Do booster vaccinations prevent breakthrough infections? Who knows? But is that the right question. Are breakthrough infections important to prevent? Afterall we do know that most breakthrough infections are mild or asymptomatic.
When we look at deaths from COVID amongst breakthrough cases, they occur at a rate of one in 500,000 people vaccinated. The average age of those who died was 82 years. Compared with life general expectancy tables, an 82-year-old who is vaccinated and has a breakthrough COVID infection is more likely to live than the whole cohort of 82-year-olds.
Does this make sense?
So, what does the booster do? It decreases the amount of virus in an infected person’s body by a factor of 5.
That is important in trying to prevent spread as viral load is the go-to indicator of infectiousness. Unfortunately, positive PCR results, which measure viral load, cannot distinguish between viable and non-viable viruses. Studies of viral motion during infection have shown that there are no live viruses after day 9 of a COVID illness, despite persistently high viral loads. In addition, the rate of decline of viral load seems to be faster in vaccinated compared with unvaccinated people.
It also seems that viral loads appear to be similar between asymptomatic and symptomatic individuals.
Vaccine effectiveness is also measured by its ability to prevent severe infections and so far, booster vaccinations have resulted in only a slight decline in preventing severe disease.
So, reducing viral load by getting a booster shot will have very little impact on an individual’s relationship with COVID and there is some conjecture that further boosters may be offered or even required in some circumstances (to do what?). Breakthroughs, boosters and severe COVID – are they really related? More frequent vaccinations are certainly good news for the vaccine manufacturers, but we can only wonder why they aren’t making a vaccine to last as long as some of the other vaccines. The CDC is recommending booster shots six months after completing the initial course of COVID vaccination, while the influenza vaccine, for example, lasts a year.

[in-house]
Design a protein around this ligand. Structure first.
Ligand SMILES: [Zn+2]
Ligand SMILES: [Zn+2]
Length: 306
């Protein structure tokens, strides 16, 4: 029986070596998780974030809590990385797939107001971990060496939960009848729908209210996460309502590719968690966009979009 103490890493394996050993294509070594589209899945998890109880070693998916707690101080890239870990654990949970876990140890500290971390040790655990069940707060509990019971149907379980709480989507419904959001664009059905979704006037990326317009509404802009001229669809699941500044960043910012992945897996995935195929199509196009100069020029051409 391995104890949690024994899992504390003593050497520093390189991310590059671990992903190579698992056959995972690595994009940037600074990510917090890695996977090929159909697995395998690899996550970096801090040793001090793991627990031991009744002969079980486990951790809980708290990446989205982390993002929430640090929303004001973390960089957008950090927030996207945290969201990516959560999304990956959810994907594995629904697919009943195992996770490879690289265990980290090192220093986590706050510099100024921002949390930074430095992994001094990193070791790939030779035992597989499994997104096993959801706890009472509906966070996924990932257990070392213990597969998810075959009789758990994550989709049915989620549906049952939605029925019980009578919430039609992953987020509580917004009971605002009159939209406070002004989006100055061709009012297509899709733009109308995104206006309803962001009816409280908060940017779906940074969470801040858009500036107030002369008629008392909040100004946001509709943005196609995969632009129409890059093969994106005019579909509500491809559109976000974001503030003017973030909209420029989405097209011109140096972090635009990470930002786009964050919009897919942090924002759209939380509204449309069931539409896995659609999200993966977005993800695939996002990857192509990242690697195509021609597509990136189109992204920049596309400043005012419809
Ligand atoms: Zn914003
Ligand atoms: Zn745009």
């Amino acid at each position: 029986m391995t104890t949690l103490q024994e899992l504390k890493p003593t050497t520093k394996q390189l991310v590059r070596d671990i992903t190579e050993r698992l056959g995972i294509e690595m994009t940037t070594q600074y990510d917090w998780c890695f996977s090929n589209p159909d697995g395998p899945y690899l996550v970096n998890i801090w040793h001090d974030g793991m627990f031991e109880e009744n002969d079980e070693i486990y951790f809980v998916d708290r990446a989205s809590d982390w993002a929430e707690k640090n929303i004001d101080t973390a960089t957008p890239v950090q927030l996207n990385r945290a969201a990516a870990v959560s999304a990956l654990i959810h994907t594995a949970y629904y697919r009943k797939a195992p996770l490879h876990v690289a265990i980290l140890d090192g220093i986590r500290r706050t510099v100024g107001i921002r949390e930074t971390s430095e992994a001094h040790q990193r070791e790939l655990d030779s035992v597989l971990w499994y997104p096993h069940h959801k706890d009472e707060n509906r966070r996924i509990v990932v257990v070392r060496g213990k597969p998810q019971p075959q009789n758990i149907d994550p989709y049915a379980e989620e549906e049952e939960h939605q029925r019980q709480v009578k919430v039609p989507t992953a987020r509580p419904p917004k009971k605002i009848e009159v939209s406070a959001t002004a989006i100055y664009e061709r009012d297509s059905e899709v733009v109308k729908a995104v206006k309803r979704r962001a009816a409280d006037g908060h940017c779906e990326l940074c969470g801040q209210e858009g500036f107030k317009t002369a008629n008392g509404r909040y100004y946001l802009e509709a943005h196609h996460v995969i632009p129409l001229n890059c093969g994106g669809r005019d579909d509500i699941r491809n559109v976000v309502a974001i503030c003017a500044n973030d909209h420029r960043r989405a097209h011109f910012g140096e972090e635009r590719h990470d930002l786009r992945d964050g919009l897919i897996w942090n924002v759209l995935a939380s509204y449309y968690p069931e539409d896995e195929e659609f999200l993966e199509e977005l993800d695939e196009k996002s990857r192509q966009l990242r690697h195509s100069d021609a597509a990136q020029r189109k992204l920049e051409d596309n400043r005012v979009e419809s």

Fortunately, we know what the risks for COVID are. The biggest one is age: increasing age adds between 10 and 30% risk for the five older age decades: 50-59, 60-69, 70-79, 80-89, 90+. Surprisingly, individual medical conditions, such as cancer, chronic lung disease, diabetes, heart disease, high blood pressure and kidney disease, add very little, that is less than 6% risk.
Assessing the cumulative effect of these risk factors has sent statisticians into a feeding frenzy. There is at least one new publication a day on the most recent algorithm to determine risk.
Then there are the risks we can minimize in our daily lives. Until the revaccination outcomes are clearer, we can use these algorithms together with assessing the risks in our daily lives. To create our own COVID algorithm to help us assess our own daily risk: consider vaccination, social distancing, minimizing close physical contact with too many people whose vaccination and booster status is unknown, and masking in confined spaces or locations with poor ventilation. Then we all must make our own choices based on the best available information, our individual appetites for risk, and our desire to protect ourselves and others. Now that the majority of us are fully vaccinated, it is time for governments to educate more and regulate less.